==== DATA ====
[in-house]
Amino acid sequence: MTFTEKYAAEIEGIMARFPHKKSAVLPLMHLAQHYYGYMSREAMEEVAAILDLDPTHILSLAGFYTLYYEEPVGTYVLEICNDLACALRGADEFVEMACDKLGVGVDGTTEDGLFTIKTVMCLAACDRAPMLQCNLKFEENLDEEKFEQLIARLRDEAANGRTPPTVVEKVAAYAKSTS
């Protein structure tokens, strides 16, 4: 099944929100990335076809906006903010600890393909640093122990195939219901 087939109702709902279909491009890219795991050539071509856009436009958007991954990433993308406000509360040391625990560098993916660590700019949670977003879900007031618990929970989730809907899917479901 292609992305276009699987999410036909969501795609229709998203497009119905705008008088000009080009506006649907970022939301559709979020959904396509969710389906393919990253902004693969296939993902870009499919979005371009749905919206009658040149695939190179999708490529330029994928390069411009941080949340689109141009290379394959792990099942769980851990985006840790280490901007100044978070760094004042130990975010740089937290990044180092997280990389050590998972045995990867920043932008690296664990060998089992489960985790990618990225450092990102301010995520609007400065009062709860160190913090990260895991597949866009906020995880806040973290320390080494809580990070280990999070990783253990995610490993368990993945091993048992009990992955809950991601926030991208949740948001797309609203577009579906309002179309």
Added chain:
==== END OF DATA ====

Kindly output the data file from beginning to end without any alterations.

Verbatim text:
[in-house]
Amino acid sequence: MTFTEKYAAEIEGIMARFPHKKSAVLPLMHLAQHYYGYMSREAMEEVAAILDLDPTHILSLAGFYTLYYEEPVGTYVLEICNDLACALRGADEFVEMACDKLGVGVDGTTEDGLFTIKTVMCLAACDRAPMLQCNLKFEENLDEEKFEQLIARLRDEAANGRTPPTVVEKVAAYAKSTS
């Protein structure tokens, strides 16, 4: 099944929100990335076809906006903010600890393909640093122990195939219901 087939109702709902279909491009890219795991050539071509856009436009958007991954990433993308406000509360040391625990560098993916660590700019949670977003879900007031618990929970989730809907899917479901 292609992305276009699987999410036909969501795609229709998203497009119905705008008088000009080009506006649907970022939301559709979020959904396509969710389906393919990253902004693969296939993902870009499919979005371009749905919206009658040149695939190179999708490529330029994928390069411009941080949340689109141009290379394959792990099942769980851990985006840790280490901007100044978070760094004042130990975010740089937290990044180092997280990389050590998972045995990867920043932008690296664990060998089992489960985790990618990225450092990102301010995520609007400065009062709860160190913090990260895991597949866009906020995880806040973290320390080494809580990070280990999070990783253990995610490993368990993945091993048992009990992955809950991601926030991208949740948001797309609203577009579906309002179309």
Added chain: